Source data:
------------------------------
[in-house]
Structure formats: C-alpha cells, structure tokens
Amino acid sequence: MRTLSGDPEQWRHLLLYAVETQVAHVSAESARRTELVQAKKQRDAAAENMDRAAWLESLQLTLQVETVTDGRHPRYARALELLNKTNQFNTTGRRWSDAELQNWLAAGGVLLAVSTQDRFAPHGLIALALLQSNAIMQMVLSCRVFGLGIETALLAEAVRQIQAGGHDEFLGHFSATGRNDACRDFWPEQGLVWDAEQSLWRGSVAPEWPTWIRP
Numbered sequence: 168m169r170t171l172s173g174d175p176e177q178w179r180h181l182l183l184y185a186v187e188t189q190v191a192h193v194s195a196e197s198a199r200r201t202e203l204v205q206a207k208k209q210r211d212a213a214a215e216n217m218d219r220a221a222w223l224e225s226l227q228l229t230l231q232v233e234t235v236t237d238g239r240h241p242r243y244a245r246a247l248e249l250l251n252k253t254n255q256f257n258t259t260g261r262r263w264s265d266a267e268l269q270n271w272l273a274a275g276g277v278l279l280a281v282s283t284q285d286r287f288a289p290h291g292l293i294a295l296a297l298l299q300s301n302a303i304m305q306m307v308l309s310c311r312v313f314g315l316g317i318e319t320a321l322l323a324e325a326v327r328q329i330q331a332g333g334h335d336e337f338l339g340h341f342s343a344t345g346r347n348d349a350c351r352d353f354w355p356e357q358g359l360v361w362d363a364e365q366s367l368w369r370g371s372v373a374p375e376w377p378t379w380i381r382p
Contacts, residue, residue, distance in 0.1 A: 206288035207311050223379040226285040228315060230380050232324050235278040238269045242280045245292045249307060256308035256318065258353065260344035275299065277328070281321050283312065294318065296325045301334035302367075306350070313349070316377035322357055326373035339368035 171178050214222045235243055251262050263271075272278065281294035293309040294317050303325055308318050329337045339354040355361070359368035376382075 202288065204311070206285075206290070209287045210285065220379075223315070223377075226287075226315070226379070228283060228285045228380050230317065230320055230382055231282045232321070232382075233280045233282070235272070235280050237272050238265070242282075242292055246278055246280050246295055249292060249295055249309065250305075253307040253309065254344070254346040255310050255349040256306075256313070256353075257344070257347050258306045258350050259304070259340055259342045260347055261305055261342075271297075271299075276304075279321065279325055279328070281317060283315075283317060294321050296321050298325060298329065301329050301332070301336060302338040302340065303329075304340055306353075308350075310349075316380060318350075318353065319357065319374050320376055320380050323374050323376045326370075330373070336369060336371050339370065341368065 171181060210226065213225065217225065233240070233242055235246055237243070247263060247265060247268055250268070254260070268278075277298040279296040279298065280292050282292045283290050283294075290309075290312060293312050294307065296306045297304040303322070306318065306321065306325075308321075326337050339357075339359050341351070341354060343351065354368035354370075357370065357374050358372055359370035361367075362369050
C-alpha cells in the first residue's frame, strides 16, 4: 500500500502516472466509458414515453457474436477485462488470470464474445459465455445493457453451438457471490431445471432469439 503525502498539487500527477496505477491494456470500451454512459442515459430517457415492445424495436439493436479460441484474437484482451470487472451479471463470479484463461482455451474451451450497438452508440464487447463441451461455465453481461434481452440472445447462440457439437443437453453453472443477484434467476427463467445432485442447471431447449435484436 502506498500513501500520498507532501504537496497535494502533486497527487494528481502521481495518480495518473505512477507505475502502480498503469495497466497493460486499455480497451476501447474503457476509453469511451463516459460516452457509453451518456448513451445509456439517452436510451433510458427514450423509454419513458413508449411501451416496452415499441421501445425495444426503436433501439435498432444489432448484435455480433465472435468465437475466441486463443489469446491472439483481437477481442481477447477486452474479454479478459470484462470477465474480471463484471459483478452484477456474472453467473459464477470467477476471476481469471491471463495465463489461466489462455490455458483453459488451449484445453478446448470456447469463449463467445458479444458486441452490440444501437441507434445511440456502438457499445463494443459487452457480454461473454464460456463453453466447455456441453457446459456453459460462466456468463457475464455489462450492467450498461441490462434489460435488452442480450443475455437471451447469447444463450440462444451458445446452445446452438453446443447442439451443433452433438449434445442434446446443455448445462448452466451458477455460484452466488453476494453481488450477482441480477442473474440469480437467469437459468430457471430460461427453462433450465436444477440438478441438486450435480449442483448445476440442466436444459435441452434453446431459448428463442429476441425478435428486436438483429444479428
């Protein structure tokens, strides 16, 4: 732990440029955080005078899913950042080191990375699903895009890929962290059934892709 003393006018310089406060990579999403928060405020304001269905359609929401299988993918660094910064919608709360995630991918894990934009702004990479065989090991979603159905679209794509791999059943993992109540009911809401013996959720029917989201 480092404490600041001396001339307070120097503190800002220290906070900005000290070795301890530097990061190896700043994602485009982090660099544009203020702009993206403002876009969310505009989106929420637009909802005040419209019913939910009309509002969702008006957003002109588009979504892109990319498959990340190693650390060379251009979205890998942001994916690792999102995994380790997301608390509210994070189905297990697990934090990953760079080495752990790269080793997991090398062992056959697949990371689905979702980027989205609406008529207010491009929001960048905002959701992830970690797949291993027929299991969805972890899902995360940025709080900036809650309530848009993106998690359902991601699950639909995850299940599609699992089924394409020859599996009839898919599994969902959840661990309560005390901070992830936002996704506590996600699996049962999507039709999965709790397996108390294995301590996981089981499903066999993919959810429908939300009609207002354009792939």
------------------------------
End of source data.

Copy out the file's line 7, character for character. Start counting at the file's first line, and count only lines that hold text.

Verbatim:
């Protein structure tokens, strides 16, 4: 732990440029955080005078899913950042080191990375699903895009890929962290059934892709 003393006018310089406060990579999403928060405020304001269905359609929401299988993918660094910064919608709360995630991918894990934009702004990479065989090991979603159905679209794509791999059943993992109540009911809401013996959720029917989201 480092404490600041001396001339307070120097503190800002220290906070900005000290070795301890530097990061190896700043994602485009982090660099544009203020702009993206403002876009969310505009989106929420637009909802005040419209019913939910009309509002969702008006957003002109588009979504892109990319498959990340190693650390060379251009979205890998942001994916690792999102995994380790997301608390509210994070189905297990697990934090990953760079080495752990790269080793997991090398062992056959697949990371689905979702980027989205609406008529207010491009929001960048905002959701992830970690797949291993027929299991969805972890899902995360940025709080900036809650309530848009993106998690359902991601699950639909995850299940599609699992089924394409020859599996009839898919599994969902959840661990309560005390901070992830936002996704506590996600699996049962999507039709999965709790397996108390294995301590996981089981499903066999993919959810429908939300009609207002354009792939």